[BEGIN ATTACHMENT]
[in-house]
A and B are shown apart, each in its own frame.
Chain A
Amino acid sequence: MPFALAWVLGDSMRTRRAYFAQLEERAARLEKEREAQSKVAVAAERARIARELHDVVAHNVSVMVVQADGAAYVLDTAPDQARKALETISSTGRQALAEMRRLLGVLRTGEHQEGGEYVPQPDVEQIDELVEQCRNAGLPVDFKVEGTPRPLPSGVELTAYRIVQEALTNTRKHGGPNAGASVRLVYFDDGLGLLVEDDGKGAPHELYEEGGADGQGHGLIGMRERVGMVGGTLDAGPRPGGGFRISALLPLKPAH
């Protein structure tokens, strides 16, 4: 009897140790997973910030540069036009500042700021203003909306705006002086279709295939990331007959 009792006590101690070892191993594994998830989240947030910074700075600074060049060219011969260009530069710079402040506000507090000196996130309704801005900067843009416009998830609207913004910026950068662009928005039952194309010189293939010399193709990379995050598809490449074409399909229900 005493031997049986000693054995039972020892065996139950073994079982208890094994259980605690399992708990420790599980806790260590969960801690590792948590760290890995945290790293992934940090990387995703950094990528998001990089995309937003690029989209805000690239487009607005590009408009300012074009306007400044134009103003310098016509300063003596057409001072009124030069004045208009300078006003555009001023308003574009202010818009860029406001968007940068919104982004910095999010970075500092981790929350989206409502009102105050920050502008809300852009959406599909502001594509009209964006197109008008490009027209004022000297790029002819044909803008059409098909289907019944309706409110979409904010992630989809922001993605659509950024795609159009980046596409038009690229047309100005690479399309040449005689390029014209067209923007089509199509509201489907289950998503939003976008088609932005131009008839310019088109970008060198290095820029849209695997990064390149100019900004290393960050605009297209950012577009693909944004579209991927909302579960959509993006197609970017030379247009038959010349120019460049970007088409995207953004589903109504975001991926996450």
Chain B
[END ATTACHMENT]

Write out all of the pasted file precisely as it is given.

[in-house]
A and B are shown apart, each in its own frame.
Chain A
Amino acid sequence: MPFALAWVLGDSMRTRRAYFAQLEERAARLEKEREAQSKVAVAAERARIARELHDVVAHNVSVMVVQADGAAYVLDTAPDQARKALETISSTGRQALAEMRRLLGVLRTGEHQEGGEYVPQPDVEQIDELVEQCRNAGLPVDFKVEGTPRPLPSGVELTAYRIVQEALTNTRKHGGPNAGASVRLVYFDDGLGLLVEDDGKGAPHELYEEGGADGQGHGLIGMRERVGMVGGTLDAGPRPGGGFRISALLPLKPAH
């Protein structure tokens, strides 16, 4: 009897140790997973910030540069036009500042700021203003909306705006002086279709295939990331007959 009792006590101690070892191993594994998830989240947030910074700075600074060049060219011969260009530069710079402040506000507090000196996130309704801005900067843009416009998830609207913004910026950068662009928005039952194309010189293939010399193709990379995050598809490449074409399909229900 005493031997049986000693054995039972020892065996139950073994079982208890094994259980605690399992708990420790599980806790260590969960801690590792948590760290890995945290790293992934940090990387995703950094990528998001990089995309937003690029989209805000690239487009607005590009408009300012074009306007400044134009103003310098016509300063003596057409001072009124030069004045208009300078006003555009001023308003574009202010818009860029406001968007940068919104982004910095999010970075500092981790929350989206409502009102105050920050502008809300852009959406599909502001594509009209964006197109008008490009027209004022000297790029002819044909803008059409098909289907019944309706409110979409904010992630989809922001993605659509950024795609159009980046596409038009690229047309100005690479399309040449005689390029014209067209923007089509199509509201489907289950998503939003976008088609932005131009008839310019088109970008060198290095820029849209695997990064390149100019900004290393960050605009297209950012577009693909944004579209991927909302579960959509993006197609970017030379247009038959010349120019460049970007088409995207953004589903109504975001991926996450």
Chain B